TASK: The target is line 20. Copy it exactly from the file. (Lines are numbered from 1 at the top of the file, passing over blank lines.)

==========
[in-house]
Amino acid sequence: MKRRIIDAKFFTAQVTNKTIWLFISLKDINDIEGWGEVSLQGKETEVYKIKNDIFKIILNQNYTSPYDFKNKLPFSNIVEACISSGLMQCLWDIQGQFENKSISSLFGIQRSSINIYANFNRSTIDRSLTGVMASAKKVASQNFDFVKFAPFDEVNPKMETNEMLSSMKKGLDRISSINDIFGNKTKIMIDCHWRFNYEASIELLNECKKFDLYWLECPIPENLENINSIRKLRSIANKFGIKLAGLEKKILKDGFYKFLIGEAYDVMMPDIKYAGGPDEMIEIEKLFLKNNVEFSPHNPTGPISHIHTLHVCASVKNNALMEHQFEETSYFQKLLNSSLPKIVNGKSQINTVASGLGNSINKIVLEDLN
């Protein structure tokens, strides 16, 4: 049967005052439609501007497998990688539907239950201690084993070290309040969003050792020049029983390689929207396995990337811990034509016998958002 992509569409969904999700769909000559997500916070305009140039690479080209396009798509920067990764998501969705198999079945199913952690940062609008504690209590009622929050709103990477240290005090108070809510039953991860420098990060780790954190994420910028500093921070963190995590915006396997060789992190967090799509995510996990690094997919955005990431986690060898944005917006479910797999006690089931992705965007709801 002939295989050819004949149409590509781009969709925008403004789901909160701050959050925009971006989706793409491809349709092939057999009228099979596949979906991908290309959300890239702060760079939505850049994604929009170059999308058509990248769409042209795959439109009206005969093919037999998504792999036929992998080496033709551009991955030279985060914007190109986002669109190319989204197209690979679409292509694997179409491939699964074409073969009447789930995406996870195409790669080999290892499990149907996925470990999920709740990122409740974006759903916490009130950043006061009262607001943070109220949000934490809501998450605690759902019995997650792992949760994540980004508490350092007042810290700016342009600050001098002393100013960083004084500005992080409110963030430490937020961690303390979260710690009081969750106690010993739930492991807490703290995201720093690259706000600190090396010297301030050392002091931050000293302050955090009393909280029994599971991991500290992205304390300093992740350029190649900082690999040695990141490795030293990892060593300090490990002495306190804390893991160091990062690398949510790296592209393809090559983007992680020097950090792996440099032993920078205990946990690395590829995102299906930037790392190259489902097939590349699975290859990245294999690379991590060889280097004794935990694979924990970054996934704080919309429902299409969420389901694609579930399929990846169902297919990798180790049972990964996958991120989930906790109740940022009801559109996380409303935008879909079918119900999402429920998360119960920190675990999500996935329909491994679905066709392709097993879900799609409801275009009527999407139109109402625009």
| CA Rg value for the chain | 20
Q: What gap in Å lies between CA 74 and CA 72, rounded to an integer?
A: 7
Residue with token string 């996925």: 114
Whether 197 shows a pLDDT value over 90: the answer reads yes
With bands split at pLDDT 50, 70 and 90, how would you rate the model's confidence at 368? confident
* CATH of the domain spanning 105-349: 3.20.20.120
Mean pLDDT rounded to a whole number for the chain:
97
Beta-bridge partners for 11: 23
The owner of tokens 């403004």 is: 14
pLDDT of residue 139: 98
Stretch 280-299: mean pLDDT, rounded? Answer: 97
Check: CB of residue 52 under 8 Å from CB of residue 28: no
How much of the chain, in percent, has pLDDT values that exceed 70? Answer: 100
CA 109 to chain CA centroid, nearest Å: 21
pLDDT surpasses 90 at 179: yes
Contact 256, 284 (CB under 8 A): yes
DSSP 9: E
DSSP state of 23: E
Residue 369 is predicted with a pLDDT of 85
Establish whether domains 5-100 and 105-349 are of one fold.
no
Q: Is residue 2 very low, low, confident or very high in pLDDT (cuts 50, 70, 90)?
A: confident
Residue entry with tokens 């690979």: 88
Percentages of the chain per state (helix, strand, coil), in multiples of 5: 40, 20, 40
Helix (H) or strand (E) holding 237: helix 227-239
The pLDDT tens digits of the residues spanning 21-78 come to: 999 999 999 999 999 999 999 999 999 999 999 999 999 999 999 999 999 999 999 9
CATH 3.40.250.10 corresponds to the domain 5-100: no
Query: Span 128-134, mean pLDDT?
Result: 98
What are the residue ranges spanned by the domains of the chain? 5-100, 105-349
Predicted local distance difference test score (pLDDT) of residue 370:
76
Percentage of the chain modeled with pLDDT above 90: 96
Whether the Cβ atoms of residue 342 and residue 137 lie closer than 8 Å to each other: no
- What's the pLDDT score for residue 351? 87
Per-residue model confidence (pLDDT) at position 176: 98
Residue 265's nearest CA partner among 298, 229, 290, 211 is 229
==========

pLDDT surpasses 90 at 179: yes